LeBron James hails Nets legend Drazen Petrovic as the greatest international player ever. Drazen Petrovic captivated basketball fans during the late 1980s and early 1990s with his incredible talent on the court. He stood out as a truly special player in the league, renowned for his explosive scoring ability and remarkable shooting skills from the perimeter. Petrovic showcased his skills as a standout player for both the New Jersey Nets and the Portland Trail Blazers during that time.
When he played with the Nets, he averaged over 20 points per game, making him one of the league’s top-scoring guards. This demonstrated his ability to score. He gained the respect of many NBA players as a result, and he inspired young basketball fans of that era.
LeBron James’ Journey:
LeBron James, who previously thought of Drazen as the best European player of all time, was one of those who was inspired. All-Time? LeBron said, expressing his adoration, during the 2013 All-Star Weekend. The greatest foreign player of all time? Dirk Petrovic (Nowitzki). He was exceptionally athletic when it came to shooting the ball.
Even though players like Mark Price and Reggie Miller were respected shooters in their era, they frequently relied on their teammates to create chances for them. Conversely, Petrovic was excellent at setting up his own scoring opportunities. With his dribbling, he could take down opponents and pull up for a shot from wherever on the court with assurance.
Petrovic has an incredible 43.7% three-point shooting percentage on 2.6 tries per game over his five seasons in the NBA. In those days, the league was all about scoring in the paint or from mid-range, so this was unheard of. While Damian Lillard and Stephen Curry are transforming the game by shooting up to ten three-pointers a night, Drazen was a player ahead of his time. Without a doubt, Petrovic would have prospered in the current state of basketball.
In addition to his remarkable offensive skills, Drazen Petrovic was regarded as a difficult opponent to play against. The regular opponent of Petrovic, Reggie Miller, has voiced his distaste for taking on the Croatian guard.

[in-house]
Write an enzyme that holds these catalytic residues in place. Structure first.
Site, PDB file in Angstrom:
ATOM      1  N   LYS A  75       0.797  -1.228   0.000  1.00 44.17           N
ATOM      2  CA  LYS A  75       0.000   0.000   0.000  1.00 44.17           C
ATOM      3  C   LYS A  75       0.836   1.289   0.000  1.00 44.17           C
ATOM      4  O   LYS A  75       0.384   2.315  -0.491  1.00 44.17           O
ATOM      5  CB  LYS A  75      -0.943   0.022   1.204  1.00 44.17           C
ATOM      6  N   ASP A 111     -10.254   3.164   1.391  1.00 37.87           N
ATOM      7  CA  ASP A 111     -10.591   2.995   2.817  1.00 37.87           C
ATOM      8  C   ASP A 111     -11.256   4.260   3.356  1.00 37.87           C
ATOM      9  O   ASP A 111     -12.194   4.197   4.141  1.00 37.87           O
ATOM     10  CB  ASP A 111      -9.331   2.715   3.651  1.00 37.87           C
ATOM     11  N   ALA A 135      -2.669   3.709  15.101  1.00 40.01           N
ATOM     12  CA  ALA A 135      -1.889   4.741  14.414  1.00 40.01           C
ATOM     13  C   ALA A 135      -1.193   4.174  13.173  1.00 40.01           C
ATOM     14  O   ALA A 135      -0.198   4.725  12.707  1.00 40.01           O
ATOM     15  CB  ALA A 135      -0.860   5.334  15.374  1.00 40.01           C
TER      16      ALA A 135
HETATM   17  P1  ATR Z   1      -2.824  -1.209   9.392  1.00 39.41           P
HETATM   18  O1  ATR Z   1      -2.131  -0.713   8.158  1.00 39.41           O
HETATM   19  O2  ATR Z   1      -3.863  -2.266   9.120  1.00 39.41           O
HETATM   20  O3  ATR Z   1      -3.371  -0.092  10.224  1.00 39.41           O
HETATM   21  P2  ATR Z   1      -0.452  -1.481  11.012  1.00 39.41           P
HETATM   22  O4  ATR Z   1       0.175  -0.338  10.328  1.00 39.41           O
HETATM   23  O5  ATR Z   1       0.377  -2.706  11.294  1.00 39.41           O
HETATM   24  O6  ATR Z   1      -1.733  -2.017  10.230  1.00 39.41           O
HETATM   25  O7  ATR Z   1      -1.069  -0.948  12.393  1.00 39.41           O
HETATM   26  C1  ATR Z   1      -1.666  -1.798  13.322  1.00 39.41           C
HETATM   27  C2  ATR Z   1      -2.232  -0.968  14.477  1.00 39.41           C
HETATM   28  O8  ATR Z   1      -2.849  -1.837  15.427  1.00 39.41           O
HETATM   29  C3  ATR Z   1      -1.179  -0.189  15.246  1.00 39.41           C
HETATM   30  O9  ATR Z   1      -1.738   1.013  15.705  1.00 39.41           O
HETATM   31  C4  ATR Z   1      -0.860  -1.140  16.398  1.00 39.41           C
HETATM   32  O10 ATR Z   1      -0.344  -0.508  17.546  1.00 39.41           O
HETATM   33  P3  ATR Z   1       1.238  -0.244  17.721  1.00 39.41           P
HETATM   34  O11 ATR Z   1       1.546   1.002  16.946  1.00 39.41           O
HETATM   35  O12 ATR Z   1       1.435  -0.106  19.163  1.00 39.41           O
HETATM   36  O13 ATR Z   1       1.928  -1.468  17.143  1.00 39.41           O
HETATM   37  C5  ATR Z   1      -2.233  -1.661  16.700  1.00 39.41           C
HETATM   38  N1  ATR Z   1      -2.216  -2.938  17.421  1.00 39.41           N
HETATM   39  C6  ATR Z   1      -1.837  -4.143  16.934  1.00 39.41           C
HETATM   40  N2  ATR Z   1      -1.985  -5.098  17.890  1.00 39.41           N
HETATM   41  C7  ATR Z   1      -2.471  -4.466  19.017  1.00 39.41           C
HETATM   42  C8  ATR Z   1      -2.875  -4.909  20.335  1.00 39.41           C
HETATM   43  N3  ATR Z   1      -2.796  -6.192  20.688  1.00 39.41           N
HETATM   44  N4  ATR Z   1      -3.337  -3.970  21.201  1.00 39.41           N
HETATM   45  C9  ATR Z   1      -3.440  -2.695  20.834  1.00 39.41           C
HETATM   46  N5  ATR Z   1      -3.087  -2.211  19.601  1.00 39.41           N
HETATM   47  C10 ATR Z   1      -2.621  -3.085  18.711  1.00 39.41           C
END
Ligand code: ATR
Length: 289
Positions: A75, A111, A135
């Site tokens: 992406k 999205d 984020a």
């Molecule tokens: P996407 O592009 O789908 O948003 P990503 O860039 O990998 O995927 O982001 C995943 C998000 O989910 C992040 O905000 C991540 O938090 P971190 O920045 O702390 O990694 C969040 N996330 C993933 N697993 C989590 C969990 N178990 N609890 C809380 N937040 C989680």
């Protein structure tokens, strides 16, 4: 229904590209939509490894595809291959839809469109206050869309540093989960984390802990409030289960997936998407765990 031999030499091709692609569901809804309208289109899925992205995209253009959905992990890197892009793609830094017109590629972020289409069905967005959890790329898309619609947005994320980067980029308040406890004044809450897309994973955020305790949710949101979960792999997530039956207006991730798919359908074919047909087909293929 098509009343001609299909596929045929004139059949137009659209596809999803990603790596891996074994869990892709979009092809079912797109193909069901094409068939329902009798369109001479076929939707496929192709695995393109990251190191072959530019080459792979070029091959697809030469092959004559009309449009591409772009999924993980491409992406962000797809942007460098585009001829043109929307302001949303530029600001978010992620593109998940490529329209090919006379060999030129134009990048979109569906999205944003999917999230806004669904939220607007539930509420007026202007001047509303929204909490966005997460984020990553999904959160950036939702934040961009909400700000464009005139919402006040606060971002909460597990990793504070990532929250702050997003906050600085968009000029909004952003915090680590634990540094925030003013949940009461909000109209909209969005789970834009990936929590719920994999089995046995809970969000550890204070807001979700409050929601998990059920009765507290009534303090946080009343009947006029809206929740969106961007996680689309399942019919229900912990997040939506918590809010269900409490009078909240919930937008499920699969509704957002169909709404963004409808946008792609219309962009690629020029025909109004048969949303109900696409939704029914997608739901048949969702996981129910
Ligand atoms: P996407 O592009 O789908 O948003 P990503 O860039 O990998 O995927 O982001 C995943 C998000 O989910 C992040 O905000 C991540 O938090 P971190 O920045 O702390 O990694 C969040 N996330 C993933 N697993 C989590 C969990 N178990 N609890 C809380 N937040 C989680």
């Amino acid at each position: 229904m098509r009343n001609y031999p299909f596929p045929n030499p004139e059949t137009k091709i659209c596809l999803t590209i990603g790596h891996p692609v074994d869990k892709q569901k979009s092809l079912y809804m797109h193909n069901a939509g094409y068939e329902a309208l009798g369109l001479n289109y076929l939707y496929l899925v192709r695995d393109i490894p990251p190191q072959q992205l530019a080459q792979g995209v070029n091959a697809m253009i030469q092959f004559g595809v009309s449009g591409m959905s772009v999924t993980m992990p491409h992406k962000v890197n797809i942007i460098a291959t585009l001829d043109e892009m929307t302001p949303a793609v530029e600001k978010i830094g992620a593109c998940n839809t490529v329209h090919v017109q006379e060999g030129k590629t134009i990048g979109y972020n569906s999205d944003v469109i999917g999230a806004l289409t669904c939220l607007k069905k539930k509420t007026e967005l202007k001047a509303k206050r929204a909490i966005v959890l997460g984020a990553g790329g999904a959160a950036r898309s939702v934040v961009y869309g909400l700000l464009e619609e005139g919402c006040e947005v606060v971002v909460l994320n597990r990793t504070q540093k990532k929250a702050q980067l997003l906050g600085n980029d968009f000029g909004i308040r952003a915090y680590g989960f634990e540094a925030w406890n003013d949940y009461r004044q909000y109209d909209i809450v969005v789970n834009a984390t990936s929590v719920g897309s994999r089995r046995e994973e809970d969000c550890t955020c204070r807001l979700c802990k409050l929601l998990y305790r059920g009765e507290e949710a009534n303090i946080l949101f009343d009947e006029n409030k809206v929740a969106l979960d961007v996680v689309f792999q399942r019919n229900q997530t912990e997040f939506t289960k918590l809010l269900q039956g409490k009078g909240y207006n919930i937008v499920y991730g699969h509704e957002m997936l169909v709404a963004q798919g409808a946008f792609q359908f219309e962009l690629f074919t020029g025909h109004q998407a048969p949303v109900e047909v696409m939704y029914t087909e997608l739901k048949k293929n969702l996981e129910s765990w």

Reggie said on HuffPost Live, I still tell people that he was the hardest player for me to defend, and I hated him. His skills, which included yelling trash in my ear and scoring in my face, drove me insane.
Petrovic’s life was tragically cut short when he was involved in an automobile accident in Germany during the summer of 1993. Despite his tragic death, the Brooklyn Nets’ history bears a strong testament to his memory. His No. 3 jersey is hung with pride in the Barclays Center’s rafters.
Basketball’s Drazen Petrovic was a real trailblazer. It is clear that Petrovic’s legacy paved the path for the booming presence of European players in the NBA today, with over 100 European players, including MVPs like Nikola Jokic and Giannis Antetokounmpo, in the league.
Petrovic is a representation of perseverance and hard work, proving that success is not exclusively based on natural aptitude. Despite arriving from the opposite side of The Pond, he overcame obstacles and became one of the league’s finest players through sheer determination and hard work, making a lasting impression.
Drazen famously remarked that there are bad days in every job, even basketball. As quickly as possible, you must escape that circumstance, usually by receiving in-depth instruction. But the most important thing is that the player has faith in themselves and is confident in themselves.
Often referred to as the Mozart of Basketball, Drazen Petrovic’s story continues to be one of the most tragic what-if scenarios in NBA history. The Nets were a bright new team on the rise, ready to take on the Chicago Bulls in the intensely competitive Eastern Conference of the 1990s, when he passed away at the early age of 28. Regretfully, destiny had other ideas.